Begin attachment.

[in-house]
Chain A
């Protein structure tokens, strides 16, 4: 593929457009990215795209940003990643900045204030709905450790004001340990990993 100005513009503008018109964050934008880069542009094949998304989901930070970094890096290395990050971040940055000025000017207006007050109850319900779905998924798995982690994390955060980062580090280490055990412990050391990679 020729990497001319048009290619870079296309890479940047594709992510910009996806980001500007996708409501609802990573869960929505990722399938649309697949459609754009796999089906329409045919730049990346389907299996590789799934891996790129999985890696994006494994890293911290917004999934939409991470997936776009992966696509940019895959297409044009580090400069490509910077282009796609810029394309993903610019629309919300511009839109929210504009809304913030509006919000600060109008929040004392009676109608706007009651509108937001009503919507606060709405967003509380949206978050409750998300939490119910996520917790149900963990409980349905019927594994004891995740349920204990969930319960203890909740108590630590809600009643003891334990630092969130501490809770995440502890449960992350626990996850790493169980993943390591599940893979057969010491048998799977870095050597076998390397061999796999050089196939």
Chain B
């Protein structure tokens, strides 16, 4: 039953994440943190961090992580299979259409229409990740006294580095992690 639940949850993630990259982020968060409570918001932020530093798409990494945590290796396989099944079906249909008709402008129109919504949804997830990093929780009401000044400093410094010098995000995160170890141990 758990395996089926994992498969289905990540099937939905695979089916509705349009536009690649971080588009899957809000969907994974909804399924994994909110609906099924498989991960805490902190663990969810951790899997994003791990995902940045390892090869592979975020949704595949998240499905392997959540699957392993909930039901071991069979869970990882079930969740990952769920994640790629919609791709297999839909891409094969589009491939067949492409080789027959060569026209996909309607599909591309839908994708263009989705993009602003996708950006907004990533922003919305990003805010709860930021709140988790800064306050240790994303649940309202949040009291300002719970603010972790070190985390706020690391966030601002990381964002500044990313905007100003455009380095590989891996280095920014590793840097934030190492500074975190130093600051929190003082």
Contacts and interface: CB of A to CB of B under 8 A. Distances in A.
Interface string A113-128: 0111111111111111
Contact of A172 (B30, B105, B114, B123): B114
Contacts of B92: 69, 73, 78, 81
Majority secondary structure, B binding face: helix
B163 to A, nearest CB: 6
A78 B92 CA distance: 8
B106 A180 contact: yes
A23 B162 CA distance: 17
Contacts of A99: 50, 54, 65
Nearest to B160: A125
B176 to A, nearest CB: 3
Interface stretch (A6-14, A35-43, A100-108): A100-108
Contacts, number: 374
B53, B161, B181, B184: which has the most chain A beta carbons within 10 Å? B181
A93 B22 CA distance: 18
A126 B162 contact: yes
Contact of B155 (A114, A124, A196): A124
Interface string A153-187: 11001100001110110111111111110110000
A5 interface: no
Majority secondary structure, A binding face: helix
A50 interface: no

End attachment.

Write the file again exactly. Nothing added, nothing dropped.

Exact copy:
[in-house]
Chain A
């Protein structure tokens, strides 16, 4: 593929457009990215795209940003990643900045204030709905450790004001340990990993 100005513009503008018109964050934008880069542009094949998304989901930070970094890096290395990050971040940055000025000017207006007050109850319900779905998924798995982690994390955060980062580090280490055990412990050391990679 020729990497001319048009290619870079296309890479940047594709992510910009996806980001500007996708409501609802990573869960929505990722399938649309697949459609754009796999089906329409045919730049990346389907299996590789799934891996790129999985890696994006494994890293911290917004999934939409991470997936776009992966696509940019895959297409044009580090400069490509910077282009796609810029394309993903610019629309919300511009839109929210504009809304913030509006919000600060109008929040004392009676109608706007009651509108937001009503919507606060709405967003509380949206978050409750998300939490119910996520917790149900963990409980349905019927594994004891995740349920204990969930319960203890909740108590630590809600009643003891334990630092969130501490809770995440502890449960992350626990996850790493169980993943390591599940893979057969010491048998799977870095050597076998390397061999796999050089196939």
Chain B
């Protein structure tokens, strides 16, 4: 039953994440943190961090992580299979259409229409990740006294580095992690 639940949850993630990259982020968060409570918001932020530093798409990494945590290796396989099944079906249909008709402008129109919504949804997830990093929780009401000044400093410094010098995000995160170890141990 758990395996089926994992498969289905990540099937939905695979089916509705349009536009690649971080588009899957809000969907994974909804399924994994909110609906099924498989991960805490902190663990969810951790899997994003791990995902940045390892090869592979975020949704595949998240499905392997959540699957392993909930039901071991069979869970990882079930969740990952769920994640790629919609791709297999839909891409094969589009491939067949492409080789027959060569026209996909309607599909591309839908994708263009989705993009602003996708950006907004990533922003919305990003805010709860930021709140988790800064306050240790994303649940309202949040009291300002719970603010972790070190985390706020690391966030601002990381964002500044990313905007100003455009380095590989891996280095920014590793840097934030190492500074975190130093600051929190003082």
Contacts and interface: CB of A to CB of B under 8 A. Distances in A.
Interface string A113-128: 0111111111111111
Contact of A172 (B30, B105, B114, B123): B114
Contacts of B92: 69, 73, 78, 81
Majority secondary structure, B binding face: helix
B163 to A, nearest CB: 6
A78 B92 CA distance: 8
B106 A180 contact: yes
A23 B162 CA distance: 17
Contacts of A99: 50, 54, 65
Nearest to B160: A125
B176 to A, nearest CB: 3
Interface stretch (A6-14, A35-43, A100-108): A100-108
Contacts, number: 374
B53, B161, B181, B184: which has the most chain A beta carbons within 10 Å? B181
A93 B22 CA distance: 18
A126 B162 contact: yes
Contact of B155 (A114, A124, A196): A124
Interface string A153-187: 11001100001110110111111111110110000
A5 interface: no
Majority secondary structure, A binding face: helix
A50 interface: no